Friday, October 11, 2013

Two Years, Not Dead

It has been two years to the day since my first stroke. It should come as no surprise that my life has changed substantially since then. I spent a week or so in intensive care, over a month in an acute care ward, about six weeks in in-patient rehab (in the UK) and I've been recovering since then. Sometimes, I've had help, but much of the time, I've been on my own. If you can climb stairs and make a cup of tea you're alright, right?

Perhaps surprisingly to those who knew the younger me, I'm not at all bitter. Living with brain damage that left my cognition intact has made me a better Buddhist, a better person maybe. Life is harder than it was, but for all the frustration and inability, more joyful. I have had to re-evaluate many things, and make difficult choices about my priorities. 

One of the hard choices is between compensation and recovery: how much should I adapt and adapt my environment to make life easier, and how much should I persevere, trusting that I am slowly, imperceptibly improving. I have heavily favored recovery, but I am doubting that choice a bit. For example, I could have learned to write with my left hand by now, but have been adamant that the tremor on my right side will abate, and I will write 'normally' again. All things change, though, and as I enter the third year of my new, disabled life, I'm thinking about change.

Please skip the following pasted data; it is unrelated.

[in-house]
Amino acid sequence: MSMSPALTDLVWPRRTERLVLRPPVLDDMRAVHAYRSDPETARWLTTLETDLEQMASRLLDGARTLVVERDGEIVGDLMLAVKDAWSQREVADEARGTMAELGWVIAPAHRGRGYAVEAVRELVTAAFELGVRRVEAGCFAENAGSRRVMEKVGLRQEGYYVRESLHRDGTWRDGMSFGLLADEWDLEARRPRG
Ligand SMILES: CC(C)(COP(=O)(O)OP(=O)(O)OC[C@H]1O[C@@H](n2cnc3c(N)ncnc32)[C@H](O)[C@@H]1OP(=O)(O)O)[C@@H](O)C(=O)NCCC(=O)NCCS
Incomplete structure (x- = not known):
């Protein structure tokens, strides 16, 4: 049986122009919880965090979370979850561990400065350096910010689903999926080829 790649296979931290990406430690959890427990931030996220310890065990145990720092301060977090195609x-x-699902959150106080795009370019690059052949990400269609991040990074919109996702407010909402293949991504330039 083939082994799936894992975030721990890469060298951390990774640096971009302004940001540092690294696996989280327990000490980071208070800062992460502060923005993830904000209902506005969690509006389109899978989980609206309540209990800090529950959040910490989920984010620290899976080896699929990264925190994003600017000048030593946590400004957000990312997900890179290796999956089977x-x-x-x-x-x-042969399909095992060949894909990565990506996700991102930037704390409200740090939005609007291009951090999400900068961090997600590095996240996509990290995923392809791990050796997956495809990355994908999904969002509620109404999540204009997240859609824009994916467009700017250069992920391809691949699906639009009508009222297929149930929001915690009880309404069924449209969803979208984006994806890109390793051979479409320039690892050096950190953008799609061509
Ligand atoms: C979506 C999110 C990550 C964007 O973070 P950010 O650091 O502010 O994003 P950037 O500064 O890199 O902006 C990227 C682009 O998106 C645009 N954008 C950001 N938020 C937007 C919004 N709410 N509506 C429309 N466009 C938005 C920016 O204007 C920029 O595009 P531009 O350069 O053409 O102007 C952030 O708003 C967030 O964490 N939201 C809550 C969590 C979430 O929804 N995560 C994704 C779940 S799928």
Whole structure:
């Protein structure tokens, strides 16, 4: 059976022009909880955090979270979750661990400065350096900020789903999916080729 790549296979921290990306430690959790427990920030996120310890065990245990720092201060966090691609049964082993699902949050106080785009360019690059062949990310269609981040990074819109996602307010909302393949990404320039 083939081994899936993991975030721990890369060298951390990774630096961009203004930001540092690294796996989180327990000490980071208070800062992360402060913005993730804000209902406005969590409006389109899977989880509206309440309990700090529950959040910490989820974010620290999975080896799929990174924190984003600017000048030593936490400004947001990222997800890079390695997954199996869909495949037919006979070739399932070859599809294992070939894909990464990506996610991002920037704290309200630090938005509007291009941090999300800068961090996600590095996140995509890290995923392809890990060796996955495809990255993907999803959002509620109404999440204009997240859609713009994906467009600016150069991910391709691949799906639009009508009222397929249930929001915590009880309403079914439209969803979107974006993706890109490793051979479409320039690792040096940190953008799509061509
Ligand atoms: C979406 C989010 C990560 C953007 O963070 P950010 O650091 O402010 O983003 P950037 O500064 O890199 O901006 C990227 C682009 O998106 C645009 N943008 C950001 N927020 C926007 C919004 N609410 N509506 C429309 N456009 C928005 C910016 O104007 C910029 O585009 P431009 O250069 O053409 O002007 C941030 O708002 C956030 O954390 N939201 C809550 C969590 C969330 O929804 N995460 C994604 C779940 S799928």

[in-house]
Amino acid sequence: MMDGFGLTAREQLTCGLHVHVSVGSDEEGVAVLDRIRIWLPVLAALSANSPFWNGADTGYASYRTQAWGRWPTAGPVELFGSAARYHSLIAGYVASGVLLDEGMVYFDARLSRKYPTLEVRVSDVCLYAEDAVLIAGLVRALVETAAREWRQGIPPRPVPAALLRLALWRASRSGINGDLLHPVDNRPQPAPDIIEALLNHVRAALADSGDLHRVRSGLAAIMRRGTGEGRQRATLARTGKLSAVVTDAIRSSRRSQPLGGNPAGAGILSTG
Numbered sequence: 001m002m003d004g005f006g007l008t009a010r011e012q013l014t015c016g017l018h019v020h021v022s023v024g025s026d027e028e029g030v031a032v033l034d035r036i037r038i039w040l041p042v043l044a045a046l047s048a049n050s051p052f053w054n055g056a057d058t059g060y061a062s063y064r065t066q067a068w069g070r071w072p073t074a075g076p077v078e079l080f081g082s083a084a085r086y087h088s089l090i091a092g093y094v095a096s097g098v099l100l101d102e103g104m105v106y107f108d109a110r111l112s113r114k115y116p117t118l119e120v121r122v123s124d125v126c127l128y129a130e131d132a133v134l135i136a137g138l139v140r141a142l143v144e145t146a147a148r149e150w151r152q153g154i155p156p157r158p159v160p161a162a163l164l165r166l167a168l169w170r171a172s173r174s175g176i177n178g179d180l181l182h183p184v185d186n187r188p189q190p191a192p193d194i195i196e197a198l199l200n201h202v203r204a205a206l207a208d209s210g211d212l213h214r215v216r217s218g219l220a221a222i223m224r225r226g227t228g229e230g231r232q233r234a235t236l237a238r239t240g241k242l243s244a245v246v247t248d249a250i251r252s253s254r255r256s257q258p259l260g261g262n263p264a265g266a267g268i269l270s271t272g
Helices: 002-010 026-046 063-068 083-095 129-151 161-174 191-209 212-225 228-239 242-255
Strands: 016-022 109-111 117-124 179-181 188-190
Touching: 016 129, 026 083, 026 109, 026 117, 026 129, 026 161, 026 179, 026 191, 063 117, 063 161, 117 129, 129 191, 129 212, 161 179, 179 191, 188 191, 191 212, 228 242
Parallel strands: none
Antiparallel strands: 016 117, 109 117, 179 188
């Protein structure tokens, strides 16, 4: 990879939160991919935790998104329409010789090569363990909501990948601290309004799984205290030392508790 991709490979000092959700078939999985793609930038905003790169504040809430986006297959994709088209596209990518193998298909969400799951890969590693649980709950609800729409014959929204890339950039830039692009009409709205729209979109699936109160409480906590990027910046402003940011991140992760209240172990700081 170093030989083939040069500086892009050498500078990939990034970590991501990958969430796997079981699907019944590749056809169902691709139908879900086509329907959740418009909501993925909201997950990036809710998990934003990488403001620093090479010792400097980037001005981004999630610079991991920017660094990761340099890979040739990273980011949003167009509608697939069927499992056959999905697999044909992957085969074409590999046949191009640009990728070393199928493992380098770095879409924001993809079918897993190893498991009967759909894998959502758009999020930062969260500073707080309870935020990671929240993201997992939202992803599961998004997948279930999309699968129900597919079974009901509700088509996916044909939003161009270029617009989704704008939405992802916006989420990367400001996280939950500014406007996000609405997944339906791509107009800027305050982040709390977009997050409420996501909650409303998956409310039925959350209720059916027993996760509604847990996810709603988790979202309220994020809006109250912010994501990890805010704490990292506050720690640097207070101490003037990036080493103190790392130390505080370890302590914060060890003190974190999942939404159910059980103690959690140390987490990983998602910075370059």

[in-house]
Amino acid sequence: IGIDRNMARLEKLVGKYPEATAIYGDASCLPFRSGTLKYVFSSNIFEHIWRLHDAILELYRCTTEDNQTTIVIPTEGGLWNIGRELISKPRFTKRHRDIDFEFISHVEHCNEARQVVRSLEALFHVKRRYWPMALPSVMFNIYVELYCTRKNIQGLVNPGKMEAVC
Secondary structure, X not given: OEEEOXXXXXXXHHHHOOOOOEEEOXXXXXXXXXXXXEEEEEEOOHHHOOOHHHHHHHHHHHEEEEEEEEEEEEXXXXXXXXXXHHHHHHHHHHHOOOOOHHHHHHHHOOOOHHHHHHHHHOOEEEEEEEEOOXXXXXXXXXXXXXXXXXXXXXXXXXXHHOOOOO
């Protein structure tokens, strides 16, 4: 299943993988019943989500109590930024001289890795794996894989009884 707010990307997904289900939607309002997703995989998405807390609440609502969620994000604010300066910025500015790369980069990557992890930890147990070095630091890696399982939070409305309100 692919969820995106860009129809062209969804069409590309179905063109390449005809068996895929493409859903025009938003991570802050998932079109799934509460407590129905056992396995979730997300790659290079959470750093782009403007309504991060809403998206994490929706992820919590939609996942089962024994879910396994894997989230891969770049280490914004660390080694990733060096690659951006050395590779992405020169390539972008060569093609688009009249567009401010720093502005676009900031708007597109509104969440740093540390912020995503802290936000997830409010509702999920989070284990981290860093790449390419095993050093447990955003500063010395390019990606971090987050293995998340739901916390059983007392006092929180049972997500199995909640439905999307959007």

To the details! As a reminder of the deficits: left side facial palsy, right side weakness, right side tremor, balance and vision. Here goes (with a bonus at the end):

Left side facial palsy
This is slowly lifting, although the corner of my mouth is stubborn. While my face is evidently afflicted, it's not as droopy as it was. I still can't close my left eye fully, but it's not a problem sleeping, nor keeping it lubricated. The latter is worst at a movie, because I have to roll the eye consciously to keep it moist. Acupuncture has been particularly good for stimulating my face.